Scientists unravel the mystery of mid-sized black holes in star clusters

Star cluster forming in a giant molecular cloud reproduced by the simulation. This image is based on the simulation. Blue dots represent individual stars. Dark and bright color indicate the gas temperatures (cold and hot). Credit: Michiko Fujii and Takaaki Takeda.

A team of researchers led by Michiko Fujii from the University of Tokyo has discovered a potential way that intermediate-mass black holes (IMBHs) could form in globular clusters.

Globular clusters are groups of stars that are tightly packed together, sometimes containing millions of stars.

The team’s findings, published in the journal Science, reveal how these black holes might come into existence through their detailed simulations.

The researchers used advanced computer simulations to study how star clusters form. They focused on dense molecular clouds, which are regions where stars are born.

These simulations, the first of their kind to look at clusters in such detail, showed that these dense clouds could produce very massive stars.

These stars, in turn, might evolve into intermediate-mass black holes.

Fujii explains that earlier observations hinted that some large star clusters might host these intermediate-mass black holes. These black holes have a mass between 100 and 10,000 times that of our Sun.

However, there hasn’t been strong theoretical evidence to support their existence, especially for those with a mass between 1,000 and 10,000 times the Sun’s mass.

This lack of evidence motivated the researchers to explore the idea further.

Despite their name, the birth of stars in these clusters is far from peaceful. The dense conditions in globular clusters cause stars to collide and merge frequently.

These repeated collisions, known as runaway collisions, can create extremely massive stars, each with over 1,000 times the mass of the Sun.

These massive stars could then evolve into IMBHs. But previous simulations suggested that stellar winds would strip away much of their mass, preventing them from becoming large enough. To see if IMBHs could indeed survive, the researchers needed to simulate the cluster formation process in detail.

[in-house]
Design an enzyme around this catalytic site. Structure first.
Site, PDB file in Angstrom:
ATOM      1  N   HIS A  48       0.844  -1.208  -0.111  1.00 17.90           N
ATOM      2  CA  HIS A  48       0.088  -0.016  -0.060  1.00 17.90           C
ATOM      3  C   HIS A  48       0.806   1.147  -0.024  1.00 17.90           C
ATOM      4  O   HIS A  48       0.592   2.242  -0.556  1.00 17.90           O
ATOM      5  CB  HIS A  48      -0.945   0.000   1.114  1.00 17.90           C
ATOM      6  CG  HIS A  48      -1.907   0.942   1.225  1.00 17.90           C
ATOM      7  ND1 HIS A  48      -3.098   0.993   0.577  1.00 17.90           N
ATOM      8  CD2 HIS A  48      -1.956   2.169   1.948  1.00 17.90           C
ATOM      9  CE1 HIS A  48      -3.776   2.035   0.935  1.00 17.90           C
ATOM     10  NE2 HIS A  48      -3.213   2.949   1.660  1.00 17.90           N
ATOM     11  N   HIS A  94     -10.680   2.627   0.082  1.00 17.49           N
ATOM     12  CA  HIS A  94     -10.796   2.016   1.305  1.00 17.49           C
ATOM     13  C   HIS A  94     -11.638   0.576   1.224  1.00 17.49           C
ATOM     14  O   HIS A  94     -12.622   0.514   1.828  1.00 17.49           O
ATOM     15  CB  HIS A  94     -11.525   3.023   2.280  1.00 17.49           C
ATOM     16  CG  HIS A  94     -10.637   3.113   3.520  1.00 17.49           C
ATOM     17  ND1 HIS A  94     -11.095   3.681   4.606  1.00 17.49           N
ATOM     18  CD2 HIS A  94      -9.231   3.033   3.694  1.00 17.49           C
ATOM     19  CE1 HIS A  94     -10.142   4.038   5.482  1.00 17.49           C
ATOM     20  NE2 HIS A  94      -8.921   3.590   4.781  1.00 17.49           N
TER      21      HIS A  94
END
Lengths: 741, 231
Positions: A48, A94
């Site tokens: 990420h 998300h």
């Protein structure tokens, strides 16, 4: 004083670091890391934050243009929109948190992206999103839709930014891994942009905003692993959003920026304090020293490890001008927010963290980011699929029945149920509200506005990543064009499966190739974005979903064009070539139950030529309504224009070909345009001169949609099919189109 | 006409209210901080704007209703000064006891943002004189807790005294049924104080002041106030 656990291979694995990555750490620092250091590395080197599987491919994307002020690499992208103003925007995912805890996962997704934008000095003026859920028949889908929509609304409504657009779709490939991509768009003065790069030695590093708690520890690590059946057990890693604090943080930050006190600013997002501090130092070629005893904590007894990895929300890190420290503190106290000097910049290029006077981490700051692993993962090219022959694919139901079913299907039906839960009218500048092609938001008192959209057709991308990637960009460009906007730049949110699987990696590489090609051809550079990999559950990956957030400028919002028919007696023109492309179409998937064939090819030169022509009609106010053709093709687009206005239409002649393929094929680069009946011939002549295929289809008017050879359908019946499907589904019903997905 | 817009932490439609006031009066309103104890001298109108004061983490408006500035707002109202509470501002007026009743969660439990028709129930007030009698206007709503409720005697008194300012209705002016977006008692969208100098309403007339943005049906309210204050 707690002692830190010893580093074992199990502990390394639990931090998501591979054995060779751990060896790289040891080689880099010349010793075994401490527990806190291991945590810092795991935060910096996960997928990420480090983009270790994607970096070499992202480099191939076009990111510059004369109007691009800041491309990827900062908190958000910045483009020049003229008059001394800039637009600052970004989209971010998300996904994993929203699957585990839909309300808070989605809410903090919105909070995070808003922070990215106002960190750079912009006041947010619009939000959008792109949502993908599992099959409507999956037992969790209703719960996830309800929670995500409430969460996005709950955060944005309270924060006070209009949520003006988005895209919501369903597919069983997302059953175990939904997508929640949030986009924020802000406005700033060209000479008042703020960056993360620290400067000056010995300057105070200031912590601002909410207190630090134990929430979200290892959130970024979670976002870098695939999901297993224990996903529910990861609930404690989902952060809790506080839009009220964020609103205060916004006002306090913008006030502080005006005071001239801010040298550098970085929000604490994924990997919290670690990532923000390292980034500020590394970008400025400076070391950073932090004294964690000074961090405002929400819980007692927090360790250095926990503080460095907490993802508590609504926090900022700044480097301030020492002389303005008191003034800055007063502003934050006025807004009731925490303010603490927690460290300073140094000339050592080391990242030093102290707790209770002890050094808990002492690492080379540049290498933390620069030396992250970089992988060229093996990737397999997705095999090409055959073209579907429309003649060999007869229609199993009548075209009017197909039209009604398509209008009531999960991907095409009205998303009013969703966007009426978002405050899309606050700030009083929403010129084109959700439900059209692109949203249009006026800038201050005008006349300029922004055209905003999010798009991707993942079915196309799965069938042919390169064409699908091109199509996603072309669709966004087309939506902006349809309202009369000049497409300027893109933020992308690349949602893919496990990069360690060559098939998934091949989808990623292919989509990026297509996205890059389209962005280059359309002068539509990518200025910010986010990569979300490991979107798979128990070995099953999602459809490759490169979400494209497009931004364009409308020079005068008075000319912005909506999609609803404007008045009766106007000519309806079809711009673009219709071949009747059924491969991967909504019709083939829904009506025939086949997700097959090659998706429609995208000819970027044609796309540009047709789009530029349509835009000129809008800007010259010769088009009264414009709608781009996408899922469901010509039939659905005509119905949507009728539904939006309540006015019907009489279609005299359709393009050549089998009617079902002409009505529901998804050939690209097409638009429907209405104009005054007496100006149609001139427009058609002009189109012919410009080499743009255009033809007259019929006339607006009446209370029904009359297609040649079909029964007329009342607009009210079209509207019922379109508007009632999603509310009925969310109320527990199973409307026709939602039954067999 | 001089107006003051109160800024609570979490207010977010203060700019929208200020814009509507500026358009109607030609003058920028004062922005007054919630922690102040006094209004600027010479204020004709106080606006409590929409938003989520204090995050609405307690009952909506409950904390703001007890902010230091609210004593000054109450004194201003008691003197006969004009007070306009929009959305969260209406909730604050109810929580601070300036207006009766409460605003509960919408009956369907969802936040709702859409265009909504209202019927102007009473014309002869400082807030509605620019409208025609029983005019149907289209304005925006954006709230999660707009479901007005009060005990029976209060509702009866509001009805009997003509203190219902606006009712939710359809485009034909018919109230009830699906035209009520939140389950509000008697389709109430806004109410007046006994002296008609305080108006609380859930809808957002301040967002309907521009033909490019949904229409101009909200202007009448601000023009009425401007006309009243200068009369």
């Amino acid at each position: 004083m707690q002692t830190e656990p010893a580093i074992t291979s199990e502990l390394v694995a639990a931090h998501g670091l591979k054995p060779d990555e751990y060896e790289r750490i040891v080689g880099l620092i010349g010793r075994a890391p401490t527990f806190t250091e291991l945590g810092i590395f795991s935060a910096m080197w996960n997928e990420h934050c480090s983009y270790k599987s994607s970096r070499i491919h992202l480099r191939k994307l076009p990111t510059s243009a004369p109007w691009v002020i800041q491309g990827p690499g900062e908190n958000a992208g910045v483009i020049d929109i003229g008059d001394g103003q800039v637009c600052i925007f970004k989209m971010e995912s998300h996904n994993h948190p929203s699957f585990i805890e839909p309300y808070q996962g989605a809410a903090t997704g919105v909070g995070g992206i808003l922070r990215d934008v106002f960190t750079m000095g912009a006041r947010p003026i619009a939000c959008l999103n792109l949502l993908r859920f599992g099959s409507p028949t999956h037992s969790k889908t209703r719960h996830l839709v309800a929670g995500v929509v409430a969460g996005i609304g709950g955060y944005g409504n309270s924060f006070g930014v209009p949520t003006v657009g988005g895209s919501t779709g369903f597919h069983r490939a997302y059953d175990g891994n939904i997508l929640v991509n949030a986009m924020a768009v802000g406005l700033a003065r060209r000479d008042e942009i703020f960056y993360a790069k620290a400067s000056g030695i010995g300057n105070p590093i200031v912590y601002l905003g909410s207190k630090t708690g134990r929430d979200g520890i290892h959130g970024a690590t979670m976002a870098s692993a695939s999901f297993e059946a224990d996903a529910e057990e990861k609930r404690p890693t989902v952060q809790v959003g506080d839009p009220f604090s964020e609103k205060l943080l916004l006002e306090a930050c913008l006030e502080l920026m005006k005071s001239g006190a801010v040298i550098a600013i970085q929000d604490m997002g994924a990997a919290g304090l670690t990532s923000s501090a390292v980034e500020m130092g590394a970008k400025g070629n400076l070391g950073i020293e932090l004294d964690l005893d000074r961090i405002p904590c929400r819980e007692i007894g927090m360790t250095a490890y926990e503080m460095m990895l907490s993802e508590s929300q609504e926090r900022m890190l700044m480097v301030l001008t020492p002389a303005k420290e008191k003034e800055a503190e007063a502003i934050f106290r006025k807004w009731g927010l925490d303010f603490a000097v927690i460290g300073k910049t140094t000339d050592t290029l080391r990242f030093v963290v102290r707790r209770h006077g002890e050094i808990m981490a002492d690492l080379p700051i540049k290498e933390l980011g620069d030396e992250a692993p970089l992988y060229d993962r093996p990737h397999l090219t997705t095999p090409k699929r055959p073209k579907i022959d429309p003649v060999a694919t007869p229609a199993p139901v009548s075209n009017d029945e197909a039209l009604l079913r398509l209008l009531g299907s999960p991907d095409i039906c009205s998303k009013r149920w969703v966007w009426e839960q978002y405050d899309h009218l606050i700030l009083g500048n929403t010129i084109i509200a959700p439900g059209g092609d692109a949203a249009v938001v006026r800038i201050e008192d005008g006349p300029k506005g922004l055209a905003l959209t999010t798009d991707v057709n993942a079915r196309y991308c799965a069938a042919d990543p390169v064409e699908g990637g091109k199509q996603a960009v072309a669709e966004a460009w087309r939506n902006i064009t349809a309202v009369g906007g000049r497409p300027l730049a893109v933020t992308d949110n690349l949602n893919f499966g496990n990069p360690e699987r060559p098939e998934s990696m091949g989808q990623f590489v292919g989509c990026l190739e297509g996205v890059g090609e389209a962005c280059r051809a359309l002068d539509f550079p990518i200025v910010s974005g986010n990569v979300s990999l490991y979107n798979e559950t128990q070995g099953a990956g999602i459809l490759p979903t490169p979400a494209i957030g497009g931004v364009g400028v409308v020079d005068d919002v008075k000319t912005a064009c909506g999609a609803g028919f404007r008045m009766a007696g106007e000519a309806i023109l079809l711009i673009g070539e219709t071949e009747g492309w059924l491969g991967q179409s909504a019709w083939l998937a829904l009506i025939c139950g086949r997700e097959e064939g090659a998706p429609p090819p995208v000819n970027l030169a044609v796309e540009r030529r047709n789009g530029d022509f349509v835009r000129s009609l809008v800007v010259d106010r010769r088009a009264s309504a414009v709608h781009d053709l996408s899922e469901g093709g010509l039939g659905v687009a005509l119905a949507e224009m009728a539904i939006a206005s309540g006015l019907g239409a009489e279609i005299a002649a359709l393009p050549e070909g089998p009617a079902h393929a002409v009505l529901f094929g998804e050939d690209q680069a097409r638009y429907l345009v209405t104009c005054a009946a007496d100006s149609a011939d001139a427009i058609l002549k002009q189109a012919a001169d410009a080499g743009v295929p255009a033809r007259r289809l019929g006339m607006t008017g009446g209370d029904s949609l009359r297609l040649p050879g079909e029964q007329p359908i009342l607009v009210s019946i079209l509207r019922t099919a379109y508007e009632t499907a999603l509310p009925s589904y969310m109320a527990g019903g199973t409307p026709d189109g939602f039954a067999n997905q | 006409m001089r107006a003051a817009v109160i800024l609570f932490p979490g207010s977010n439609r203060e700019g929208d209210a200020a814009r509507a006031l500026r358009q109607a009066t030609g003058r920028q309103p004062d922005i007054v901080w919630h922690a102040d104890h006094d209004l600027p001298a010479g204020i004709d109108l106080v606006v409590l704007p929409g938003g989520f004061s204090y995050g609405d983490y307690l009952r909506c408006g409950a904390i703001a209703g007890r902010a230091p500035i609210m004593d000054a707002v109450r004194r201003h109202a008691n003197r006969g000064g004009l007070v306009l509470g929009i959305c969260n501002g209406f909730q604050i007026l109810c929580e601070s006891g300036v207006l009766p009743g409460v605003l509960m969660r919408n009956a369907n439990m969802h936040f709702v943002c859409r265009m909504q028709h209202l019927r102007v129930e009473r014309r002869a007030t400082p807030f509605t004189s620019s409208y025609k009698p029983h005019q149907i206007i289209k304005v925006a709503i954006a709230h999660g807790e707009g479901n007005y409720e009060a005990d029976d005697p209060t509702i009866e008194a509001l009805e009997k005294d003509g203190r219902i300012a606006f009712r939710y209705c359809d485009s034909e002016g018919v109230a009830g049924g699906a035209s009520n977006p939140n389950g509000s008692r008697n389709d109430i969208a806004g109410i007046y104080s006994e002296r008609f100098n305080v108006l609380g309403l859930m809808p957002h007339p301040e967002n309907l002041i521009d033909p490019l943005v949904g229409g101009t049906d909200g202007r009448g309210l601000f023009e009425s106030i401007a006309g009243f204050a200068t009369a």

Creating these simulations was challenging because they required a lot of computing power. Fujii’s team developed a new simulation code to model each star individually, which allowed them to accurately depict the star collisions in these dense environments.

Their simulations showed that runaway collisions did lead to the formation of very massive stars, which then evolved into intermediate-mass black holes. The mass ratios observed in their simulations matched those seen in real star clusters.

The ultimate goal for Fujii and her team is to simulate entire galaxies by modeling individual stars. Currently, it’s still difficult to simulate galaxies as large as the Milky Way with this level of detail, even with the best supercomputers available.

However, they believe it’s possible to simulate smaller galaxies, like dwarf galaxies. They also aim to study the first star clusters formed in the early universe, which could also be sites where IMBHs are born.

These findings bring us closer to understanding how intermediate-mass black holes form and highlight the importance of detailed simulations in uncovering the secrets of the universe.